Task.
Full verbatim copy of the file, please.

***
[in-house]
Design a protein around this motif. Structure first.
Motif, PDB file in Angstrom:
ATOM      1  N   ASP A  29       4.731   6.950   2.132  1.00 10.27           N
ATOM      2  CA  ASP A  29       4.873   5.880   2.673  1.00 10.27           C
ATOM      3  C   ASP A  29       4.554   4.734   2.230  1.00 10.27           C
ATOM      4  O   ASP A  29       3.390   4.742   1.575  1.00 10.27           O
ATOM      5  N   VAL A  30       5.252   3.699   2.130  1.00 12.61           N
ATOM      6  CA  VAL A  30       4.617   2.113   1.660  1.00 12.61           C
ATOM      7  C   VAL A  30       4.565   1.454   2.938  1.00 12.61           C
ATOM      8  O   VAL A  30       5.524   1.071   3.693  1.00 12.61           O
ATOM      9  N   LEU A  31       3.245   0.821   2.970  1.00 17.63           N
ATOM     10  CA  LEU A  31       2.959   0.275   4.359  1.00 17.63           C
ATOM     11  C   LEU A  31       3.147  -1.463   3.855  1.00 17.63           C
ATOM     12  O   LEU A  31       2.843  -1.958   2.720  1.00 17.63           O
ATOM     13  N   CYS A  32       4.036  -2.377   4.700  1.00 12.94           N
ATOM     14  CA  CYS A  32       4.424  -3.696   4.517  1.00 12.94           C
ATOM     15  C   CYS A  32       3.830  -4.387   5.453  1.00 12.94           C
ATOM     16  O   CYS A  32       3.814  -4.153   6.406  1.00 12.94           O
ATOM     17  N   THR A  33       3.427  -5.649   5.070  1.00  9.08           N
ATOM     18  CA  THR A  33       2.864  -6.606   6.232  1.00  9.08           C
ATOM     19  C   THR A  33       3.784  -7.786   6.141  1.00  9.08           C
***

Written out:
[in-house]
Design a protein around this motif. Structure first.
Motif, PDB file in Angstrom:
ATOM      1  N   ASP A  29       4.731   6.950   2.132  1.00 10.27           N
ATOM      2  CA  ASP A  29       4.873   5.880   2.673  1.00 10.27           C
ATOM      3  C   ASP A  29       4.554   4.734   2.230  1.00 10.27           C
ATOM      4  O   ASP A  29       3.390   4.742   1.575  1.00 10.27           O
ATOM      5  N   VAL A  30       5.252   3.699   2.130  1.00 12.61           N
ATOM      6  CA  VAL A  30       4.617   2.113   1.660  1.00 12.61           C
ATOM      7  C   VAL A  30       4.565   1.454   2.938  1.00 12.61           C
ATOM      8  O   VAL A  30       5.524   1.071   3.693  1.00 12.61           O
ATOM      9  N   LEU A  31       3.245   0.821   2.970  1.00 17.63           N
ATOM     10  CA  LEU A  31       2.959   0.275   4.359  1.00 17.63           C
ATOM     11  C   LEU A  31       3.147  -1.463   3.855  1.00 17.63           C
ATOM     12  O   LEU A  31       2.843  -1.958   2.720  1.00 17.63           O
ATOM     13  N   CYS A  32       4.036  -2.377   4.700  1.00 12.94           N
ATOM     14  CA  CYS A  32       4.424  -3.696   4.517  1.00 12.94           C
ATOM     15  C   CYS A  32       3.830  -4.387   5.453  1.00 12.94           C
ATOM     16  O   CYS A  32       3.814  -4.153   6.406  1.00 12.94           O
ATOM     17  N   THR A  33       3.427  -5.649   5.070  1.00  9.08           N
ATOM     18  CA  THR A  33       2.864  -6.606   6.232  1.00  9.08           C
ATOM     19  C   THR A  33       3.784  -7.786   6.141  1.00  9.08           C